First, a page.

I am creating my own graphics with scriptures.  When I can, those will be the ones I’m sharing here.  Another way to help expand the use of my brain to keep it ship shape!

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02.10.17 Some Things I Learned About Dementia – The Positive Effect of Therapy Dolls for Dementia original – reblogged 12.26.17

Tuesday, December 26, 2017 – While reviewing the original blog below I did some research into this and found an article titled:

“Grandmother with dementia reacts with sheer joy as her granddaughter places a child’s doll in her arms in a touching video that will move you to tears.”

I recommend that in addition to reading the blog below, you check the link below and read that article too. http://www.dailymail.co.uk/femail/article-3379099/Grandmother-dementia-reacts-sheer-joy-s-given-child-s-baby-doll.html

Original blog published 02.10.17 –  On a personal note, Mama had two beanie babies she loved.  Dementia folks have fidgety hands.  The beanie babies gave her fidgeting hands something to love.  We even buried her with those beanie babies.  If I am ever at this point I really want a baby doll to love.  A couple of beanie babies would be a nice first step!dolls for dementia

Baby dolls for Alzheimer’s patients are therapeutic

A helpful, non-drug way to calm and soothe seniors with Alzheimer’s or dementia is to give them a soft, lifelike baby doll to cuddle. These therapy dolls can even be effective in calming older adults with severe agitation or other significant behavioral issues.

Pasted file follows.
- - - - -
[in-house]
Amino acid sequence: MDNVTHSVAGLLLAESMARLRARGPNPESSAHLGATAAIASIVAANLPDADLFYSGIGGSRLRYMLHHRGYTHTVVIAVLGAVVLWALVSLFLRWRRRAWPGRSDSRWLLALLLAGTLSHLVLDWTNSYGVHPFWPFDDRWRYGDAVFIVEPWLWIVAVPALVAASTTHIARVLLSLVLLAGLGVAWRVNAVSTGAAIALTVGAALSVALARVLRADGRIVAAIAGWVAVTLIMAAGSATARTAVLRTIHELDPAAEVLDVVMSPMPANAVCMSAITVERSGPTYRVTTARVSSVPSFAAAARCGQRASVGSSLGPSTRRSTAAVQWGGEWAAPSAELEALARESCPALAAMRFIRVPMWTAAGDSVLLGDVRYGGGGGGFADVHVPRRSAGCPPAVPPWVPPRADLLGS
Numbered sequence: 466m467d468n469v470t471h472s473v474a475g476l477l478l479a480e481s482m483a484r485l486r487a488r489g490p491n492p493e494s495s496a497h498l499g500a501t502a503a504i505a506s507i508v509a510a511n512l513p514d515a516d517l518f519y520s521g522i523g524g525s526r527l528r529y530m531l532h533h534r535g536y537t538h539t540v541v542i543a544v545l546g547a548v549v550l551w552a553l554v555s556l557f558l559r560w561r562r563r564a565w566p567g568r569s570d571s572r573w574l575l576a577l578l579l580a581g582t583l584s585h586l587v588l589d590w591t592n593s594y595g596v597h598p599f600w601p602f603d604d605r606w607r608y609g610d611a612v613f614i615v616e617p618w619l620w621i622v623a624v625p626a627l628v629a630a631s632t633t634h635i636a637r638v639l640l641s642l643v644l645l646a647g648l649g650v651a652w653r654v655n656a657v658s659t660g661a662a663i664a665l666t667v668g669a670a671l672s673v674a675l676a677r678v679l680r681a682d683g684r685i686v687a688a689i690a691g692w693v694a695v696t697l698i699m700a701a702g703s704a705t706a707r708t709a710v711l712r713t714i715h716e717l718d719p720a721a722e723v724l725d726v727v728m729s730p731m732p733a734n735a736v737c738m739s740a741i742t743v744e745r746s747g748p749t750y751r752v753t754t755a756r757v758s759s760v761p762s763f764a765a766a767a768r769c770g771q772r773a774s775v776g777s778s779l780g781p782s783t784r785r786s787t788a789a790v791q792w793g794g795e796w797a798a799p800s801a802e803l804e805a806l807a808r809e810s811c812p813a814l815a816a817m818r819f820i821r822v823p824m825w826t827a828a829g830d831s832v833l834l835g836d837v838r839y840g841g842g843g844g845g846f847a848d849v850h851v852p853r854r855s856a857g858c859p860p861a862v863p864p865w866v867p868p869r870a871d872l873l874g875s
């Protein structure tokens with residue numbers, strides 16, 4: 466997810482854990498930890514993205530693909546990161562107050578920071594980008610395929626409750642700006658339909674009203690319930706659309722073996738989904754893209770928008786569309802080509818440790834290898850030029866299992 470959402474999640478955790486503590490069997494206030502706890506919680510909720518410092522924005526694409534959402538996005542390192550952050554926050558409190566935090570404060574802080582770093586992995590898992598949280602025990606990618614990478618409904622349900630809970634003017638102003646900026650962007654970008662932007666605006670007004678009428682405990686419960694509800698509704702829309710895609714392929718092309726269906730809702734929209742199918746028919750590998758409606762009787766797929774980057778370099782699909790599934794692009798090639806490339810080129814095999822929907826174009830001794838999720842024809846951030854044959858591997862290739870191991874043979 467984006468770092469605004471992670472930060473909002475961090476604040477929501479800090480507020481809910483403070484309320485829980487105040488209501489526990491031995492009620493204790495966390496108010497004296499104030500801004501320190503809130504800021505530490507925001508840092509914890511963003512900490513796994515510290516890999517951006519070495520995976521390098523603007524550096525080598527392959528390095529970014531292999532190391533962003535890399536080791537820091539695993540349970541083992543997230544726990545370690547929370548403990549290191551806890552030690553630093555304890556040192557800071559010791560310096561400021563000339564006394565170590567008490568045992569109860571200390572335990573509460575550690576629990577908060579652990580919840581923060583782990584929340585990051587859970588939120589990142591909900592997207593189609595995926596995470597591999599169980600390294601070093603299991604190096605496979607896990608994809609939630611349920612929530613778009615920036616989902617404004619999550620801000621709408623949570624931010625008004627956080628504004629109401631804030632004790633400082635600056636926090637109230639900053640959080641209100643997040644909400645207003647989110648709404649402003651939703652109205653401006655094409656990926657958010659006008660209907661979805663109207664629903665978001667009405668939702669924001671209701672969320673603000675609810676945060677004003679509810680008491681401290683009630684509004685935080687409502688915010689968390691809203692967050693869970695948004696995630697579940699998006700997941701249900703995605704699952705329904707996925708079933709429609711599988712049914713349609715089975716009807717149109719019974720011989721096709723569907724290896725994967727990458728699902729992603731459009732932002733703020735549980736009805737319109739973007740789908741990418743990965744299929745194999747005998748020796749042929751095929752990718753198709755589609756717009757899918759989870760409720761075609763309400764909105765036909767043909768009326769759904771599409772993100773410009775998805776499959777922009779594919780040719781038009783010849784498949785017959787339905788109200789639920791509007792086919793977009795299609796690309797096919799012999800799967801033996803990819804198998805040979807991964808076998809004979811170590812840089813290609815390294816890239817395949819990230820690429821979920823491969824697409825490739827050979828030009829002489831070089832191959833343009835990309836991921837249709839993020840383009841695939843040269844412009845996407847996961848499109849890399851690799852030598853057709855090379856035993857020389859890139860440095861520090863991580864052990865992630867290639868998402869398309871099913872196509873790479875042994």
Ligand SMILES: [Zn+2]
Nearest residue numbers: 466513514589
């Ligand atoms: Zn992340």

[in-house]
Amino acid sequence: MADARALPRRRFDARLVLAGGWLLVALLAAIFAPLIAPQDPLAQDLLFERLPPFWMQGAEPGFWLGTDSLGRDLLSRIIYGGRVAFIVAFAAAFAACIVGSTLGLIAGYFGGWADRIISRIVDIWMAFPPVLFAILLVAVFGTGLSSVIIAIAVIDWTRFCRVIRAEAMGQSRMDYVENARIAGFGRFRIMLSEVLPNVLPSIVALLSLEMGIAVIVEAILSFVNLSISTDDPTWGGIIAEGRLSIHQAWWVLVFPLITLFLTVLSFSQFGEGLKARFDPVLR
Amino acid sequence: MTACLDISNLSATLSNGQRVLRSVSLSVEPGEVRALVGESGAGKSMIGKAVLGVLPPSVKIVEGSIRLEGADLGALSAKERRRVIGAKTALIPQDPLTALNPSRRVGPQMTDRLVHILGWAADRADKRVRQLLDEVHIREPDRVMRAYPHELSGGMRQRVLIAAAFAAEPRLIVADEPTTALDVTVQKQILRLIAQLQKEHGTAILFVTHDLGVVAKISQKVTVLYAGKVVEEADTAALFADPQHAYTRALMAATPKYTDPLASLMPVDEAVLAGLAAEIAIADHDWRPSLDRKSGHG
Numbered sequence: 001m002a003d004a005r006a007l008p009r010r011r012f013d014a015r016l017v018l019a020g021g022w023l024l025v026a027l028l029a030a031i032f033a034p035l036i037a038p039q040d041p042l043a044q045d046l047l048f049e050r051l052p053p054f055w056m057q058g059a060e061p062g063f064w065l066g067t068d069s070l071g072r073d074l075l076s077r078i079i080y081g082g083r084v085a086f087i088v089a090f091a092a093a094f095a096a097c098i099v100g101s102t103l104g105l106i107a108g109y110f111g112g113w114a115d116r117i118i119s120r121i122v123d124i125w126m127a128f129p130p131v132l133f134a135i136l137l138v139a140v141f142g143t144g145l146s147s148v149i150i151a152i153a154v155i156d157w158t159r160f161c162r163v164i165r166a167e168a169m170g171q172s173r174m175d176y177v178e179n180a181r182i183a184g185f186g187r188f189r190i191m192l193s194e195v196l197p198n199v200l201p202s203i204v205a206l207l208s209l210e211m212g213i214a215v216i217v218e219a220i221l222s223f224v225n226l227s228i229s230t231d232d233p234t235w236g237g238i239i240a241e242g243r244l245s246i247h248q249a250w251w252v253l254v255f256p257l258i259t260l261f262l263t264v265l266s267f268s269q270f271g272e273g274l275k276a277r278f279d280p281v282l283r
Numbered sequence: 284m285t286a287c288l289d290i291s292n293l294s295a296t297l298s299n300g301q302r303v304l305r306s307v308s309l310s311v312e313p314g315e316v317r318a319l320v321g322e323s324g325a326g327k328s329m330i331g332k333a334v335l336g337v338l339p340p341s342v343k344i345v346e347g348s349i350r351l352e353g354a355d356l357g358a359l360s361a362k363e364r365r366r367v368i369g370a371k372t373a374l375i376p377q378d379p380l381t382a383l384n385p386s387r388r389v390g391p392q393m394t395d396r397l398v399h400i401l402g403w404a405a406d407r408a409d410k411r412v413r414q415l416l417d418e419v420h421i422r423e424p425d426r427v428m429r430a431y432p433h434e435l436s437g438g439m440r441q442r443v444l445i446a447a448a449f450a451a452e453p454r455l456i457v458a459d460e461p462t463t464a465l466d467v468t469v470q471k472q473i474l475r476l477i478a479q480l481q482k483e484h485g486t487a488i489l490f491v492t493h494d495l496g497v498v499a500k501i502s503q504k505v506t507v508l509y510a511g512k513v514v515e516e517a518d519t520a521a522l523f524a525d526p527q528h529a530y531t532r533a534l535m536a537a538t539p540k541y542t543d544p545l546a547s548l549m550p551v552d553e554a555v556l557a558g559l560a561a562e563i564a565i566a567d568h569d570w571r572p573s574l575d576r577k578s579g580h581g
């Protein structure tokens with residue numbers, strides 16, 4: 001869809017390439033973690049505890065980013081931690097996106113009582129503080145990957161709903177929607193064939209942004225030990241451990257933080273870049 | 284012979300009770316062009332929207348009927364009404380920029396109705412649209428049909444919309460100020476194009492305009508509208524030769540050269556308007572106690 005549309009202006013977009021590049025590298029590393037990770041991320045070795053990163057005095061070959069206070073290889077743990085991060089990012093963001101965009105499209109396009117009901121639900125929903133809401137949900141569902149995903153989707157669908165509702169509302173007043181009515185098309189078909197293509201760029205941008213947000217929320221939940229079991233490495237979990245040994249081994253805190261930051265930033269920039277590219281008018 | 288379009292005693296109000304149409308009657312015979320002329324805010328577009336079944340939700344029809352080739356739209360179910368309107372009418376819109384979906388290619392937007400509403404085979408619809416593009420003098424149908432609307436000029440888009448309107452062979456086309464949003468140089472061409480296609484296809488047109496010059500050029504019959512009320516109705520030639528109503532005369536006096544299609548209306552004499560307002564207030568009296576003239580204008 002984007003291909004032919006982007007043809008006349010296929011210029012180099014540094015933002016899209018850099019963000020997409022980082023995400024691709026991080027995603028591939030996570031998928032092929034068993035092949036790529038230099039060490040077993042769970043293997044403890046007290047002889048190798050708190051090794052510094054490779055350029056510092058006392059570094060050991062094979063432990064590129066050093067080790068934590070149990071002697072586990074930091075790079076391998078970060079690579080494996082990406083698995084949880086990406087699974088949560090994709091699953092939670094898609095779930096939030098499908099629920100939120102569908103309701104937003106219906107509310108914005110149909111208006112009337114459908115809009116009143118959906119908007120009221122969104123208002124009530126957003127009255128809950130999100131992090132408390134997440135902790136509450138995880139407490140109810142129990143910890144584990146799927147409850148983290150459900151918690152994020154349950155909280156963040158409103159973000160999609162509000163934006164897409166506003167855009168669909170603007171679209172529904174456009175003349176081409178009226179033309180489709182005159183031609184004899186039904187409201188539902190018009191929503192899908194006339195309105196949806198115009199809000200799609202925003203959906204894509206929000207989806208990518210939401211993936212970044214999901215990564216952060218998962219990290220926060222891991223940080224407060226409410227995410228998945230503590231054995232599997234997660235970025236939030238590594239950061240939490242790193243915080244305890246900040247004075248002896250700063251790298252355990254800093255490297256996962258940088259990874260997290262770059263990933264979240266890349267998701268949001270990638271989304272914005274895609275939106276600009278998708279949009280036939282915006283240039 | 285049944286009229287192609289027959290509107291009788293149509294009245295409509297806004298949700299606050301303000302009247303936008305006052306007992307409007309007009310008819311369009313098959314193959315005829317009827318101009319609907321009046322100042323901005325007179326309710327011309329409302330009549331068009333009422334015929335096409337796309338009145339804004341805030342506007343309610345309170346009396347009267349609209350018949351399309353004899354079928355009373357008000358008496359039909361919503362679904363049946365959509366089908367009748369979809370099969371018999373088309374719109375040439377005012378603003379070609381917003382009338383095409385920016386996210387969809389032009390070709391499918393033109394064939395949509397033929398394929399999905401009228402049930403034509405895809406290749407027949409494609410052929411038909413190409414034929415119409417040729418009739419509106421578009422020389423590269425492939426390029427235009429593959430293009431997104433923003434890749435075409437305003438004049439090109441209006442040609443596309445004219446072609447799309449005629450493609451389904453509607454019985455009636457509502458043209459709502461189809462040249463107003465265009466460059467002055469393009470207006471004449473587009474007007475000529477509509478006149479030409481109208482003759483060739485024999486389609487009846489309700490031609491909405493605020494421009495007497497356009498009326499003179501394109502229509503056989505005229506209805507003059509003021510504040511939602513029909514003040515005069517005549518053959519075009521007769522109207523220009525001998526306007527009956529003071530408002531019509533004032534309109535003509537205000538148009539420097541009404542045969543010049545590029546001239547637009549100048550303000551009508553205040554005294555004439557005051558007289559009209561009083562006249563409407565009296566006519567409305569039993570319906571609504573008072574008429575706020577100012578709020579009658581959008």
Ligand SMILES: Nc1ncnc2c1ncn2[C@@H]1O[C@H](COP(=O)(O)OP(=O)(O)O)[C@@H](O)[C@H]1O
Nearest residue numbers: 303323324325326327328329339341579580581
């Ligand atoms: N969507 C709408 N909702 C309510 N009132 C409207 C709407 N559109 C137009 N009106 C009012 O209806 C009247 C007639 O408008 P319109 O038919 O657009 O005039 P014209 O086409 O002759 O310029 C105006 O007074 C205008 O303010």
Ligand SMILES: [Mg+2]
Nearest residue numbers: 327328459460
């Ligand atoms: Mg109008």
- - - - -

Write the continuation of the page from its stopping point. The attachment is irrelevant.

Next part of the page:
Why therapy dolls for dementia work

Therapy dolls help seniors feel useful and needed and give them something positive to focus on. Similar to the effect of soft toys like stuffed animals, hugging something soft helps someone with dementia soothe themselves.

Another reason therapy dolls are helpful is that they bring back happy memories of early parenthood for both women and men. Having a child to care for can also ease feelings of isolation and sadness. After all, most of us have seen or experienced the way that interacting with real babies can quickly lift spirits and calm nerves.

Many older adults will enjoy rocking and cuddling their doll. Some even adopt the baby as their own and make caring for it part of their daily routine.

Tips for introducing doll therapy to your senior

The best approach is to casually introduce the doll to your senior and let them decide if they like it or not. If they have no interest in the doll, don’t make an issue out of it. They may change their minds in the future so you could always give it another try in a few weeks or months.

A few tips:

  1. Don’t act like the doll is a doll, refer to it as a baby and treat it like a real child.
  2. Get a lifelike doll, but one that doesn’t cry – that could be upsetting.
  3. Don’t force it, allow your senior to get to know the doll slowly.

For a real-life example, click here to find out how one woman slowly introduced a lifelike doll to her mom and used it to ease her anxiety without making her feel stressed about being responsible for it. Try it out, see how your older adult responds, and be flexible.

Some caregivers find dolls controversial

We’ve heard from many caregivers who say their older adults are much calmer and happier now that they have their own baby doll. They’re relieved to have found a non-drug solution that eases their senior’s dementia symptoms.

Some people are concerned that giving their older adult a doll would be demeaning or patronizing. But when someone has dementia, helping them feel safe and happy in their current reality is the top priority. That’s why we sometimes need to consider unconventional approaches like baby dolls, fidget blankets, and other simple activities and toys.

Of course, the decision is entirely up to you since you know your older adult best. If you think a therapy doll might help them feel better and enjoy life more, why not give it a try? It’s an inexpensive “treatment” with no side effects.